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An ethics inquiry regarding Digital Assets and Blockchain Businesses is currently being circulated for comment. Click here to read the inquiry: Coins and Digital Assets Ethics Request to NC Bar (June 2018). If you would like to provide a comment, please follow up directly with the State Bar as indicated below. The Ethics Committee is tentatively scheduled to consider this inquiry at its next quarterly meeting in July 2018.

Inquiry:
How can law firms ethically service clients who are using Coins and other Digital Assets?

Deadline:
July 12, 2018.  Items received after this date will still be included in the materials that go in front of the Ethics Committee, but I urge you to meet the deadline to increase the chances that the committee members will have a chance to review it in advance of their meeting.

Comments/Responses:
Should be directed in writing to Alice Neece Mine at the N.C. State Bar and may be submitted via email (amine@ncbar.gov or ethicsadvice@ncbar.gov), facsimile (919-821-9168), or regular mail (P.O. Box 25908, Raleigh, NC 27611-5908).

An Uncertain Future: The US Pulls Out Of the Iran Deal

By Zia UllahMark D. HerlachJames Lindop and Victoria Turner

Reprinted with permission from Eversheds Sutherland.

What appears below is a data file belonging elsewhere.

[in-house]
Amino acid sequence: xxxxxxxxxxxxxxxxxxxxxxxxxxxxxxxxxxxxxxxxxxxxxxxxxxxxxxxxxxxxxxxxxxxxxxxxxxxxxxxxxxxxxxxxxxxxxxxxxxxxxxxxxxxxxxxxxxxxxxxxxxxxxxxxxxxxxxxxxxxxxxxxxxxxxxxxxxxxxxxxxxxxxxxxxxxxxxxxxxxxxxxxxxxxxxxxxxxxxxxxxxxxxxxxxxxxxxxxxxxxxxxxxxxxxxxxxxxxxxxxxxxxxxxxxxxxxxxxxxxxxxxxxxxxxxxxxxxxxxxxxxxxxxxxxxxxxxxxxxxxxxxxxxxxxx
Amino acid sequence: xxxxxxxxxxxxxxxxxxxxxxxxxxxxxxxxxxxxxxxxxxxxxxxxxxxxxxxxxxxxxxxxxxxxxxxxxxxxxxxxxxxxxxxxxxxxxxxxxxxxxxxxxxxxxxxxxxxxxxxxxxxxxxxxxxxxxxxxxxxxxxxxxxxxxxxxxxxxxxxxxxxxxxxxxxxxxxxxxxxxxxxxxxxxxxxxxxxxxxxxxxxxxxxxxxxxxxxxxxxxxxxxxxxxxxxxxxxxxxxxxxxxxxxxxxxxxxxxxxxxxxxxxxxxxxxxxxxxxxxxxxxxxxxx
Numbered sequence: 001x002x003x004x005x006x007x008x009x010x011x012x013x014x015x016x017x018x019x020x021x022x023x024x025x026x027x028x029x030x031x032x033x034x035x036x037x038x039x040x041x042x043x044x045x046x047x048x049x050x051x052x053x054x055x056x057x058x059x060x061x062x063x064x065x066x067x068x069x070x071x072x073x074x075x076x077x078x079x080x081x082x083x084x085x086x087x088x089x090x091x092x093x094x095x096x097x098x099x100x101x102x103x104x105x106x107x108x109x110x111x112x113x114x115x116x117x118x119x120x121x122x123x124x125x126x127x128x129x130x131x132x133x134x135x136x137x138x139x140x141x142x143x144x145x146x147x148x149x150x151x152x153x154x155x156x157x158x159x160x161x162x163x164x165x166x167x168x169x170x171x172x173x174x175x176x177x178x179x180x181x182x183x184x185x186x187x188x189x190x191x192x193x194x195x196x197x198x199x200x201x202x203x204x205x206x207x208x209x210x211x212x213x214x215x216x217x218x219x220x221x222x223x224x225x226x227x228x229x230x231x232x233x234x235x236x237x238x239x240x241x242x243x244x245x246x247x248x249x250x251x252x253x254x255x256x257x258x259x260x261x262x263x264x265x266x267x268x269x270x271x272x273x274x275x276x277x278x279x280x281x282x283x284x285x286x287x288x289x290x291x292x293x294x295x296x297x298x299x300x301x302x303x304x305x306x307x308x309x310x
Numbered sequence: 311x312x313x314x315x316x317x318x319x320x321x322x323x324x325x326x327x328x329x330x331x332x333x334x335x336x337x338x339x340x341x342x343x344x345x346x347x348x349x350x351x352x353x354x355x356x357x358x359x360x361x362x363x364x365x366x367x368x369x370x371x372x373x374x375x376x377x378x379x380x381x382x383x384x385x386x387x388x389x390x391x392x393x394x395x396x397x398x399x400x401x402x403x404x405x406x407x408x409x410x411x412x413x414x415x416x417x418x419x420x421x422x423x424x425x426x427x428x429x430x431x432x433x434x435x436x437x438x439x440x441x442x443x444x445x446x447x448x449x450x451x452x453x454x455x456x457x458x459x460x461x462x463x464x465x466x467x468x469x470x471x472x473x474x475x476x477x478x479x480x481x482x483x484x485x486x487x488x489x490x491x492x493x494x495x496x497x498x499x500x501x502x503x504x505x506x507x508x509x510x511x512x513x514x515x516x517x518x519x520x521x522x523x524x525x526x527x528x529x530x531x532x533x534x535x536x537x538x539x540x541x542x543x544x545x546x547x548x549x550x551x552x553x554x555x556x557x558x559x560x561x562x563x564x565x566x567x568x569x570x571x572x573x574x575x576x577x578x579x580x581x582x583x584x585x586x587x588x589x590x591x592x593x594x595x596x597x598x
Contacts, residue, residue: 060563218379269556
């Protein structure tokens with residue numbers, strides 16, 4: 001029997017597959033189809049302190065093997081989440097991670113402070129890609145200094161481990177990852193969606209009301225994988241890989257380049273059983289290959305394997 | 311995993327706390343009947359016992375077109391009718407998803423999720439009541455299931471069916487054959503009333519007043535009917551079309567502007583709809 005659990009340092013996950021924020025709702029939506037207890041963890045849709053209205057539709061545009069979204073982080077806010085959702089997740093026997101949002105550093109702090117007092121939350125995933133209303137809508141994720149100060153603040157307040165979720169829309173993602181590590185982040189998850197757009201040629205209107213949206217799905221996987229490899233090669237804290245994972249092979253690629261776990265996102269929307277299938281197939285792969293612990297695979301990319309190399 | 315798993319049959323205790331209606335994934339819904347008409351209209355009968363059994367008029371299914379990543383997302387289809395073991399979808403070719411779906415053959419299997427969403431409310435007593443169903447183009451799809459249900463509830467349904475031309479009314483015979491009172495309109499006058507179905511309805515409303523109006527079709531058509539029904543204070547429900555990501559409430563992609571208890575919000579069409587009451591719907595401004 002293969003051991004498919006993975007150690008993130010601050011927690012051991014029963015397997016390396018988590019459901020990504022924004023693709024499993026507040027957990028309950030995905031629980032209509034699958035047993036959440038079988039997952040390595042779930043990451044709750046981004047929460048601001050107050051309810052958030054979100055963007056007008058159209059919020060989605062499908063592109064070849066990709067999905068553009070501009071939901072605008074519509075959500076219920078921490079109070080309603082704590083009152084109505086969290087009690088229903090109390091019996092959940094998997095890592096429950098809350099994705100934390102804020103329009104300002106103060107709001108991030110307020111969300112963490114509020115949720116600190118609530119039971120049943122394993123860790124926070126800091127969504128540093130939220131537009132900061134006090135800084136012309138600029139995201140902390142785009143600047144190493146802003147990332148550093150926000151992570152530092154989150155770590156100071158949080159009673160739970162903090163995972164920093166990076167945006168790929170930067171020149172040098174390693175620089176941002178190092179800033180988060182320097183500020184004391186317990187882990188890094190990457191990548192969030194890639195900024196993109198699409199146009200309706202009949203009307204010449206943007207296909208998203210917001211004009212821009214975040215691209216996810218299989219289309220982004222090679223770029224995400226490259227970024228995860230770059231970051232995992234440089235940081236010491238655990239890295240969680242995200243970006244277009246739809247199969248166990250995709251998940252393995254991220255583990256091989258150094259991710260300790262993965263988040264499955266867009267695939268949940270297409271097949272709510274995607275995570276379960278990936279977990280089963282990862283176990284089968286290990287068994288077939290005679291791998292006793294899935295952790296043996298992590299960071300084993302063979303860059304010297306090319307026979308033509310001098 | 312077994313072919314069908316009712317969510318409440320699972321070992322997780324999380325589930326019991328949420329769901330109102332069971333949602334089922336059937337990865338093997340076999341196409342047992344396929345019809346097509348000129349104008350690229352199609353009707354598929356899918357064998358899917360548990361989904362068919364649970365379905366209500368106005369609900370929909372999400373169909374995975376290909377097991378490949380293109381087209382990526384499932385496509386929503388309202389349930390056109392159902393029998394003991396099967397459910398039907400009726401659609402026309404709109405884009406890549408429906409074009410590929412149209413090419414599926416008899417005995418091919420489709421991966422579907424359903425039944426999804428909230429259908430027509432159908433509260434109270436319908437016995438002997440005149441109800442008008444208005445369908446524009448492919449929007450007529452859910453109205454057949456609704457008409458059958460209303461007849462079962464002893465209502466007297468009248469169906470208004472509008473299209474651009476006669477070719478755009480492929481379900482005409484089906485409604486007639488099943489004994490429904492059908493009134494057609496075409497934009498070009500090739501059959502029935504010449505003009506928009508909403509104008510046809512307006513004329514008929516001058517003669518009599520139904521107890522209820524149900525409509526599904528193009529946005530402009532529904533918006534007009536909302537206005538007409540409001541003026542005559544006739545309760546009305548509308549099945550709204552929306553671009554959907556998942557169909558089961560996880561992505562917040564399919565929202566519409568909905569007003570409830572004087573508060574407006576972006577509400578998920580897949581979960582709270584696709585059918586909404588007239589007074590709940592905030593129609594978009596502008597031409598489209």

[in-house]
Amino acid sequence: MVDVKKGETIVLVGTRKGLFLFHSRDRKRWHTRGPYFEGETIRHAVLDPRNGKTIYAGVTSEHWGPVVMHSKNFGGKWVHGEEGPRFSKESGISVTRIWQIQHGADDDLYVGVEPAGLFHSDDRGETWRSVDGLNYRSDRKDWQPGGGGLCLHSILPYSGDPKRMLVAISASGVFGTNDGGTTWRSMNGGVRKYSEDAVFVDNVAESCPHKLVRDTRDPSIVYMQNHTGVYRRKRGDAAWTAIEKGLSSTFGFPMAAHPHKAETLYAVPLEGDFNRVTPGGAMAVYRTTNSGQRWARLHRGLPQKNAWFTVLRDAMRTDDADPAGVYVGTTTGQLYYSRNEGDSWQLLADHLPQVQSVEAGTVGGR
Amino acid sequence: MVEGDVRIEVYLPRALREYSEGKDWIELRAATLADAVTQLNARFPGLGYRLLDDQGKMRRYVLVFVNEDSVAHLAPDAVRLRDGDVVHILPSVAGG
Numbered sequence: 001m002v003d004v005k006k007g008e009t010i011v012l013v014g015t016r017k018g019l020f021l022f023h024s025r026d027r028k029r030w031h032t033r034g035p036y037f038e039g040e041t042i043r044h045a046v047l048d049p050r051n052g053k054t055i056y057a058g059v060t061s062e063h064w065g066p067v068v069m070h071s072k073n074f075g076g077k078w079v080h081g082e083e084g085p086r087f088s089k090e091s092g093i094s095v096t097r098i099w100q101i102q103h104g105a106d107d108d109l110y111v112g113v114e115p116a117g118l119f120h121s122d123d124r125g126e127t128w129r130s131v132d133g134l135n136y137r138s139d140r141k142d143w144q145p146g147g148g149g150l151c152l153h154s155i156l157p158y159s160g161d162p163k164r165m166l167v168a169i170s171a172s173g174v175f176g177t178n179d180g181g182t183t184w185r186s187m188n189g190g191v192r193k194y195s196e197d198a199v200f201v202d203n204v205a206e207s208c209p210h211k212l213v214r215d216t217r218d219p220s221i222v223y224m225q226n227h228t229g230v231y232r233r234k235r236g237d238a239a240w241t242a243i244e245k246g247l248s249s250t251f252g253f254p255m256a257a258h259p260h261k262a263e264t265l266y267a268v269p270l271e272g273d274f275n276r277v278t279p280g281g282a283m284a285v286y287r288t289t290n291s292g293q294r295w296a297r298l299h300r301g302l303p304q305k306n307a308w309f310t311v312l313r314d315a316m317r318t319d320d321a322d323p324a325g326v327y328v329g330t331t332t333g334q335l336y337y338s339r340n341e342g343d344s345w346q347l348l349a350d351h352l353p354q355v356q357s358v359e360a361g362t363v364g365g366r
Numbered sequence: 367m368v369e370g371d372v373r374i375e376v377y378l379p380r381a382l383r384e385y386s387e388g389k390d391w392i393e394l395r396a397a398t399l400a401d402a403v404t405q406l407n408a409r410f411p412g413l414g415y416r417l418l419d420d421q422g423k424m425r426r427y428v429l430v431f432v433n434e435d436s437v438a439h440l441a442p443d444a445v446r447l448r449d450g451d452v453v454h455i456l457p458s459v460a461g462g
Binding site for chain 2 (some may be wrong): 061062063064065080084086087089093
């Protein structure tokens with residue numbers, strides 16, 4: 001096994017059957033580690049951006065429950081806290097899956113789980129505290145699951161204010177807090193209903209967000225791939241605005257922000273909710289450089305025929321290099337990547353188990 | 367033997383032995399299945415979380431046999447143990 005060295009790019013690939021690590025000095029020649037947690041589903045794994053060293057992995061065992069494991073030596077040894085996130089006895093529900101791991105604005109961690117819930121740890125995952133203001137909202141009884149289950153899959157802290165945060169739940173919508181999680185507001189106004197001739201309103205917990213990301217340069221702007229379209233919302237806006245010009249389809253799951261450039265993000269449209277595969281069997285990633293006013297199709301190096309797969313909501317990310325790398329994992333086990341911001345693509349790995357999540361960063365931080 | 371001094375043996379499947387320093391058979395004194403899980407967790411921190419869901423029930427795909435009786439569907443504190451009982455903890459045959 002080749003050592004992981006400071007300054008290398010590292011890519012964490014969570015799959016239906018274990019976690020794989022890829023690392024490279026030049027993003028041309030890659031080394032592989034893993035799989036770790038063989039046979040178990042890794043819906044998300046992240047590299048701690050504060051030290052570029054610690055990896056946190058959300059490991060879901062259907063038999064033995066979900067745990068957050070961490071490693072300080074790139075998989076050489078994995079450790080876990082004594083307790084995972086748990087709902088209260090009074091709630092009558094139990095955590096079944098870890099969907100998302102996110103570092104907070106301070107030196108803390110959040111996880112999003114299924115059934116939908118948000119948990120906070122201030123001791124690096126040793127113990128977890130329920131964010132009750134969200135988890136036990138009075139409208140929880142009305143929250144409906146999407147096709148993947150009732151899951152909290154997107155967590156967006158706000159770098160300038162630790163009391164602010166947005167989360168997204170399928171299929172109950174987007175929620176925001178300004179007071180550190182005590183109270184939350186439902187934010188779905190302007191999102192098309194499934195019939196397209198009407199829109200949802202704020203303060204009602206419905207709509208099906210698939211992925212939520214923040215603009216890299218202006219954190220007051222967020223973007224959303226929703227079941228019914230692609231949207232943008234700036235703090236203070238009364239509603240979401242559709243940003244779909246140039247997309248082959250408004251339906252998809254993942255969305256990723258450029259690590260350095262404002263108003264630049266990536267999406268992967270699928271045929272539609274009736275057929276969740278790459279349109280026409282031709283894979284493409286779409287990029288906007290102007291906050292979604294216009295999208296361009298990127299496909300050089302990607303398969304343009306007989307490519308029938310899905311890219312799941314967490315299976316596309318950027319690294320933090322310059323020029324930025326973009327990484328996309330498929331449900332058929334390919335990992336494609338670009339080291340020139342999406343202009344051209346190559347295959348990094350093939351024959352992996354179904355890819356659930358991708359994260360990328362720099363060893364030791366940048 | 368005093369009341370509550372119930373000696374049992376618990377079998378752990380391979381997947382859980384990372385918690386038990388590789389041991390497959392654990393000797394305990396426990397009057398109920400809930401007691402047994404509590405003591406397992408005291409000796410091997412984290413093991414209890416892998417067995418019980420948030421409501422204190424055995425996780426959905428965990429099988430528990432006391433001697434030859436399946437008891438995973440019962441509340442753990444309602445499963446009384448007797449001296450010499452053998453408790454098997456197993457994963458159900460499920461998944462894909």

President Trump announced last week that the US will withdraw from the Iran nuclear deal and will begin re-imposing those sanctions which were lifted as part of the Joint Comprehensive Plan of Action (“JCPOA”).  In a move which former President Obama has described as “misguided” and a “serious mistake”, President Trump signed a National Security Presidential Memorandum directing relevant US agencies (including the Treasury) to take actions necessary to start re-imposing sanctions, meaning that secondary sanctions, which impact on non-US persons, will come back into effect.  President Trump’s announcement also leaves open the possibility for new and additional sanctions to be imposed in the future.

Last week’s announcement confirmed that there will be wind-down periods before sanctions are fully re-imposed.

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ICOs Primer: ‘SEC Compliant’ Initial Coin Offerings

By Sammy Naji

As the Securities and Exchange Commission greater asserts itself against non-compliant Initial Coin Offering tokens, an increasing number of ICO issuers have attempted to comply with SEC regulations by offering tokens pursuant to SEC exemptions or by framing the tokens as utilities rather than securities. Utility tokens are tokens that represent a service or a good to which the token holders are entitled. Notable brands like Kodak, Atari, and Telegram have already issued or are planning to issue such tokens as a way to raise large amounts of capital as well as to stimulate interest from the public to their services. The issuance of utility tokens typically involves two stages: a pre-functional phase and a post-functional phase.

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ICO Primer: A Revolution in Startup Financing or a Regulatory Nightmare?

By Sammy Naji

A. What Are ICOs?